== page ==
Salutations from Zurich!
Welcome blog fans to the 100th day of our adventure! It’s hard to believe we’ve been at this for 100 days already – time really does fly when you’re having fun it seems…
Our incredible run of perfect Swiss weather came to a stop today; we woke to clouds, drizzling rain and an icy wind that definitely spoke of winter coming. Great weather for a sleep in and reading the paper in bed right? Unfortunately neither of us understand German well enough for the local newspaper to be of much use to us, and as nice as the idea of a sleep-in was, we had a train to Zurich to catch! *SIGH* Life sure can be tough sometimes can’t it?!
It took about 4 hours to get from St Moritz to Zurich and it rained the whole time, making for a rather subdued journey. The scenery was still nice, but certainly not as breath-taking as some of the sights we’ve seen in Switzerland over the past fortnight. Once we left the Engadine Valley and its many mountain peaks behind the terrain quickly became very flat and much more densely populated that anywhere we’ve been in Switzerland far (in fact some 66% of Swiss people live on the Swiss Plateau, which extends roughly across the North of the whole country, from Zurich in the East to Geneva in the West).
We changed trains in the small industrial town of Chur and were soon speeding along the Eastern shore of Lake Zurich. This 29km long, 4km wide lake is fed by the Linth River and, like all the lakes we’ve seen in Switzerland, is incredibly clean, clear and blue – that beautiful aquamarine that speaks of glacier melt and cold, cold water. Zurich is the only major city on the lake, though there we passed small villages all along the lakeshore.
We arrived in Zurich in time for a late lunch (8CHF/10AUD for a ham and cheese sandwich – yikes!), just as the sun was poking through the clouds. Once we’d checked in to our quaint little hotel and gotten settled in, we decided to head straight to the lake and see if we could catch a boat for one of the afternoon lake cruises. We’ve learnt not to take sunshine for granted – take it while it’s there because you never know what weather tomorrow might bring…
Fortunately the sun hung around and we spent a very comfortable afternoon enjoying its warmth whilst cruising Lake Zurich. As we pulled out of Zurich we could see the altstadt (translation – old town) and the city’s famous bridges and churches silhouetted against the afternoon sun (we have set tomorrow aside for exploration of the old town).
The boat pulled in at a few of the villages along the lakeshore, including Kilchberg-Bendlikon where Lindt have their chocolate factory. You can do a tour through the Lindt factory which includes “free” samples (you pay about 10CHF for the tour so I’m sure the cost of the samples is well and truly covered in your entry fee); given Shane’s predilection for chocolate-nomming, however (think Cookie Monster but with chocolate), I thought this would be a VERY BAD IDEA. Shane was most distressed when he later discovered we had missed the stop for the Lindt factory.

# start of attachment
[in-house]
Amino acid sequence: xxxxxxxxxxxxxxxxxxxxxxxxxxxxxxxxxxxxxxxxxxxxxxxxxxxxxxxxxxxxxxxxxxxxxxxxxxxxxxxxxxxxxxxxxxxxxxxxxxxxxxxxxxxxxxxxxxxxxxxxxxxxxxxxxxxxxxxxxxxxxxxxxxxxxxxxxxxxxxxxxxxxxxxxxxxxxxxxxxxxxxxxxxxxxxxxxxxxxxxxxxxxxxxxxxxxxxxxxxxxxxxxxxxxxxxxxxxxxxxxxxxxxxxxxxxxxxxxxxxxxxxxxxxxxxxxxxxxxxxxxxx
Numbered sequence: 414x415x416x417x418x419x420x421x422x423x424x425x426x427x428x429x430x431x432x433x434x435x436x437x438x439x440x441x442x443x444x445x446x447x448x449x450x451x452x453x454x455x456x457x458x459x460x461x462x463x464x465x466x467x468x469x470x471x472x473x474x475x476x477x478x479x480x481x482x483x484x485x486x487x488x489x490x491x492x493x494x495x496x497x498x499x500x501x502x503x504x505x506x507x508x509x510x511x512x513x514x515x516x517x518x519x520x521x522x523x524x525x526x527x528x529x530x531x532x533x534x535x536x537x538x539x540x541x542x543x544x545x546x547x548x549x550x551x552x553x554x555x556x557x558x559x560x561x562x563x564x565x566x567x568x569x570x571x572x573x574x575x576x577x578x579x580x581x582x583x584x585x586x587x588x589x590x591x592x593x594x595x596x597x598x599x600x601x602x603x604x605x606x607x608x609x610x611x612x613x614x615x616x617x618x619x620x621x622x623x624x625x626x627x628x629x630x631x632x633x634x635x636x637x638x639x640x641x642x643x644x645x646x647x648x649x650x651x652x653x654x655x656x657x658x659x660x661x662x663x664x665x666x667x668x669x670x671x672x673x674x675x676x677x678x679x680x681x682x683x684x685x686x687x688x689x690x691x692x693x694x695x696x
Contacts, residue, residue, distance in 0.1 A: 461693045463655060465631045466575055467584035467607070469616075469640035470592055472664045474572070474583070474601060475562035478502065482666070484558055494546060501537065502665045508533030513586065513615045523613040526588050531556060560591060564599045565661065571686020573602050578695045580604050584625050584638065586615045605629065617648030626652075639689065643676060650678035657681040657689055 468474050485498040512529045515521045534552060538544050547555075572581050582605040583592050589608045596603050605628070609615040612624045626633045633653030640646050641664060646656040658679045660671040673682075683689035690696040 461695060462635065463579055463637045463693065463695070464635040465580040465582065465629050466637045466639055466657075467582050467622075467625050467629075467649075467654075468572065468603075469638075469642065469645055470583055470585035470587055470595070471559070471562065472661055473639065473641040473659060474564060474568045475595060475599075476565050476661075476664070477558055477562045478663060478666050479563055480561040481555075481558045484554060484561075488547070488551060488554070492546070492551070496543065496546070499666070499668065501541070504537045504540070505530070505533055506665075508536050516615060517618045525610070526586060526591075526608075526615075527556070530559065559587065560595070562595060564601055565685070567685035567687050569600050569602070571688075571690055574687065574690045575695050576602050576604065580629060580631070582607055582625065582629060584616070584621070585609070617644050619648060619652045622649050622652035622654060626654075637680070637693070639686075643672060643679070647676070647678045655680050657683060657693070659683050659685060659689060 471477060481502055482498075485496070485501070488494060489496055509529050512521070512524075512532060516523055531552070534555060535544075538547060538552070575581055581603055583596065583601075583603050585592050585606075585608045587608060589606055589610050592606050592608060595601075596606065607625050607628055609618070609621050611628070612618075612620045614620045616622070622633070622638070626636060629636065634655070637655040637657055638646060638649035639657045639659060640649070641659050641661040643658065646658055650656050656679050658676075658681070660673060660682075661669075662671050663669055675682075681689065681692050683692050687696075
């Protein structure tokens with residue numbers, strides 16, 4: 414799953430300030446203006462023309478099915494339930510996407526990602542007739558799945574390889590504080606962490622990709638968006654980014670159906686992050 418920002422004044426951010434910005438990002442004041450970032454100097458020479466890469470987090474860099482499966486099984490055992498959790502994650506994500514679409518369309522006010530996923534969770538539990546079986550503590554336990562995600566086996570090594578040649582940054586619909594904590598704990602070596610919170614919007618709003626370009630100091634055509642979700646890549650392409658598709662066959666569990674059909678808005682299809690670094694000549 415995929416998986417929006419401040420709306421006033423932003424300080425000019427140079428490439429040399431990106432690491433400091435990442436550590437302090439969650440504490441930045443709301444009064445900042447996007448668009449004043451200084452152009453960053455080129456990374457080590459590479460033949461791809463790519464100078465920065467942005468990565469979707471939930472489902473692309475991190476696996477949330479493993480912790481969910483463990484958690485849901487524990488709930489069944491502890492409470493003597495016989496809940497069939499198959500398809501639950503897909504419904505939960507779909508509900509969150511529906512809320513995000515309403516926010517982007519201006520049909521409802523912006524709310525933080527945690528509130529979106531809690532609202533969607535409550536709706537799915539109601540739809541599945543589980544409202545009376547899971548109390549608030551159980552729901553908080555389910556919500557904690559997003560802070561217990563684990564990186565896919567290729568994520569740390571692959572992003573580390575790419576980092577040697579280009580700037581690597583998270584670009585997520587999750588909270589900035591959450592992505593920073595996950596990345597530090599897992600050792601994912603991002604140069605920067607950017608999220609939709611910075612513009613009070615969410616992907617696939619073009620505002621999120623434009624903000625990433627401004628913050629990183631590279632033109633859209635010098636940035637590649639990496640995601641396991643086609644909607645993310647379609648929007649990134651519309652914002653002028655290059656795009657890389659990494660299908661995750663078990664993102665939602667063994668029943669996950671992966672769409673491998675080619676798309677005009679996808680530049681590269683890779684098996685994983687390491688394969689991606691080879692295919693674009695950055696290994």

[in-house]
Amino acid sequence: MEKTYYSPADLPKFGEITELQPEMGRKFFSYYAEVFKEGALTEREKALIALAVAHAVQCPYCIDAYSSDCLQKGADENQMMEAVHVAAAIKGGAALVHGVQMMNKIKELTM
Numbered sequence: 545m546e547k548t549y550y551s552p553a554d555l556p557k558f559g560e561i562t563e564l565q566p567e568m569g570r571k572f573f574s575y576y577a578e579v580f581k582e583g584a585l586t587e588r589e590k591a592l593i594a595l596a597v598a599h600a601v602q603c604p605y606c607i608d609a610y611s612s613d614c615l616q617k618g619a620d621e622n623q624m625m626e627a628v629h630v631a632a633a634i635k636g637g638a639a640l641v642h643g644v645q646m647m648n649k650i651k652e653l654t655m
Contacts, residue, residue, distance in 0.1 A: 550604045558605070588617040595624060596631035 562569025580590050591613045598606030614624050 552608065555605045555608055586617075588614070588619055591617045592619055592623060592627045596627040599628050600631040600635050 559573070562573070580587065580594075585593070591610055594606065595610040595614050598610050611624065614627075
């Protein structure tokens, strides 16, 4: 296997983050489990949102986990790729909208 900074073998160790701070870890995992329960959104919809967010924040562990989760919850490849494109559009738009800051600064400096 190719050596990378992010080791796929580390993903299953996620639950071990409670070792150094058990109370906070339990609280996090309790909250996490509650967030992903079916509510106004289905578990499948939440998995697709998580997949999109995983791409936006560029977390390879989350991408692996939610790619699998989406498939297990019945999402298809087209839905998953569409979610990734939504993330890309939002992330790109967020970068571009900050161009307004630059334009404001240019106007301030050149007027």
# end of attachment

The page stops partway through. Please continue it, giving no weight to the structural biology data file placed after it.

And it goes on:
Besides Kilchberg-Bendlikon we also stopped in at Ruschlikon, Thalwil, Kusnacht and Zollikon – all small villages built long the gently sloping shores of Lake Zurich where the city’s well-to-do have holiday homes and summer retreats. The hills all around the lake are covered in orchards and vineyards, making from some lovely Sunday afternoon strolls.
We got back to Zurich city in time for an early dinner and a quiet night in watching the Swiss news, where everyone was talking about the up-coming referendum* and the need to vote “yes” to legalise sausages. Errrr…., at first we thought it was our German that was off – I mean, from what we’ve seen sausage seems to be quite legal already in Switzerland. So we double-checked our translation and bratwürste legalisieren definitely translates to “legalise sausages”. Legalising sausages is a matter for referendum?! We had to know more…
*Like in Aus, the Swiss system of government allows for citizens to vote on changes to the constitution via referendum, something they apparently get to do a lot.
So it turns out the matter being voted on has to do with labour laws. Sausages are obviously not an illegal commodity in this country; the bratwurst in this context is merely symbolic and part of a campaign to change the law around shop opening hours. At the moment, food shops in Switzerland operate Monday to Saturday, and only during the day, with very few open on Sunday and/or after 7:00pm. Currently shops that DO open late are only allowed to sell products which can be directly consumed upon purchase. This means that, for example, they can sell boiled eggs but not fresh eggs, cooked sausages but not raw ones, etc. This is the sausage law they want to change. Makes perfect sense! Needless to say, reading about Swiss referendums and reviewing the on-line news about the Australian election results (Tony Abbott as PM – seriously?!) has quickly put us to sleep. So gute nacht until tomorrow blog fans!
Can you imagine a Snag Referendum in Australia? Just the idea had us both lol -then you went & spoilt it all by telling us what the real reason was…. I’m sure there’s plenty of shops selling Swiss choc to appease Shane but, must add, i totally understand his distress at having missed the Lindt tour.